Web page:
Even small errors can add to the load on users. Squishing them is a great route to simplifying a user experience.

A few years ago I was asked to design a current account display for an online bank. The bank wanted the service to match their brand values: friendly, approachable, and simple.

On the current account screen was a control that allowed the user to choose a bank statement. The user selected the month and year of the statement from two drop-down menus and clicked “Go.” It seemed simple enough.

But the control could generate two possible error messages. If you selected a date in the future, an error message came up that said, in effect, that you’d been stupid. If you selected a date that was over a year old, you were told to try again, since the bank only kept statements for a year. A person in a hurry could easily make either mistake, and neither error message was particularly friendly, approachable, or simple.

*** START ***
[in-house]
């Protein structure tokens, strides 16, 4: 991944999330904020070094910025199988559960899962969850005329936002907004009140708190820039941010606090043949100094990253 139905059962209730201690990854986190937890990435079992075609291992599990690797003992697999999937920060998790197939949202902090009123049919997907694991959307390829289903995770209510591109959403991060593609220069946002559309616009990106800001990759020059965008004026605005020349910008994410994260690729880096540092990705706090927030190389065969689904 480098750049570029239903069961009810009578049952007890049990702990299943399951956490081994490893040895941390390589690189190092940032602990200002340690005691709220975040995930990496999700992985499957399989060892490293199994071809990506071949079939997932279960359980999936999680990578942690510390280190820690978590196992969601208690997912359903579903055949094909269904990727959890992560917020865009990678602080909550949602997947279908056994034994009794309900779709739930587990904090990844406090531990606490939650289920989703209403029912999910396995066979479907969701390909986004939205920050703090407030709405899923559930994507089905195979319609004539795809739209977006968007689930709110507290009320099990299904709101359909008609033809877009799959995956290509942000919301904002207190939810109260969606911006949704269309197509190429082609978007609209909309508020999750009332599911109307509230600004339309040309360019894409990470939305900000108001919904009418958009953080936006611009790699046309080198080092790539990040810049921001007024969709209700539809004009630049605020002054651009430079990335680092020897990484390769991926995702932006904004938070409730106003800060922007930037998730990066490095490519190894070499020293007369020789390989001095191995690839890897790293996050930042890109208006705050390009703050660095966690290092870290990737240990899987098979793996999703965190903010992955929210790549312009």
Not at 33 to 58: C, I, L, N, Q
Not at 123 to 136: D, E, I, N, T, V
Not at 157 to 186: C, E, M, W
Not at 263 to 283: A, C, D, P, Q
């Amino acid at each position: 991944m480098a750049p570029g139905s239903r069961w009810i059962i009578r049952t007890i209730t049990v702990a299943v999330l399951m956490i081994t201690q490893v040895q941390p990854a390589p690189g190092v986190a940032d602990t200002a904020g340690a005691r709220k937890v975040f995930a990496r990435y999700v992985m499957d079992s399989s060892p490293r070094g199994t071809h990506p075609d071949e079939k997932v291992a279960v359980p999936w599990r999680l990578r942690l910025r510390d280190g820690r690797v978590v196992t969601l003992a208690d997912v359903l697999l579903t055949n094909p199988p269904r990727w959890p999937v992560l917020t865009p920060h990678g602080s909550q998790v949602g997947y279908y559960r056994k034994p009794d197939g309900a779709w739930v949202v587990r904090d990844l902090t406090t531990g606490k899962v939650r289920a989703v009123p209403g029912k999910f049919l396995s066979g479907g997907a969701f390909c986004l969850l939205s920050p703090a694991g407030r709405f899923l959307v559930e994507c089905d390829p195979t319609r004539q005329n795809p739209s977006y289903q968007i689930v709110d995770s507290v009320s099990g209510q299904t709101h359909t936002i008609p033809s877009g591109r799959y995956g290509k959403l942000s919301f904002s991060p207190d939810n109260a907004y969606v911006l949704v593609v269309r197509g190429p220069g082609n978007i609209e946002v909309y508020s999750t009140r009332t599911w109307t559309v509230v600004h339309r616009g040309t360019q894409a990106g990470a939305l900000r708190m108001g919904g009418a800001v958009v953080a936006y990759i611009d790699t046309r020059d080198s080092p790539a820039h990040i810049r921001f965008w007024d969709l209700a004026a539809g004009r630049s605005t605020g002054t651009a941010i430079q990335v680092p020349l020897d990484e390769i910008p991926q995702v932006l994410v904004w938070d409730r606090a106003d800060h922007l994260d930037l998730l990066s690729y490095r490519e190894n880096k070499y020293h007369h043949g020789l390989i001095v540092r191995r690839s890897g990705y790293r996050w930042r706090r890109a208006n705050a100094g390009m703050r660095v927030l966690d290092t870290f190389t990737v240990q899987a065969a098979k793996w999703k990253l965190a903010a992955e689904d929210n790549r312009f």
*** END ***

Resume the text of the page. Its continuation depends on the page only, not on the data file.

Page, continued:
The problem was that the user was being asked to enter a date, when really he needed to choose from the last twelve bank statements. So I replaced the “two date controls with a single drop-down list of the available bank statements.

With the redesigned control, users could only select from what was available, so there were no error messages to design. This made the system simpler to maintain, too.

Whenever a user has to correct an error, it breaks his concentration and makes the experience feel more complex. Designers often try to prevent errors by interrupting the user (“Are you sure you want to do that?”), but in a way this approach is worse because it interrupts everyone, whether they’ve made a mistake or not.

When you’re trying to simplify an experience, looking for places where error messages are needed, or checking the error logs for common error messages, is a critical step.

Removing sources of errors is an important way to simplify an experience.

If you forget to change the year, you can accidentally request next month’s bank statement. The redesigned interface simply lists the available bank statements.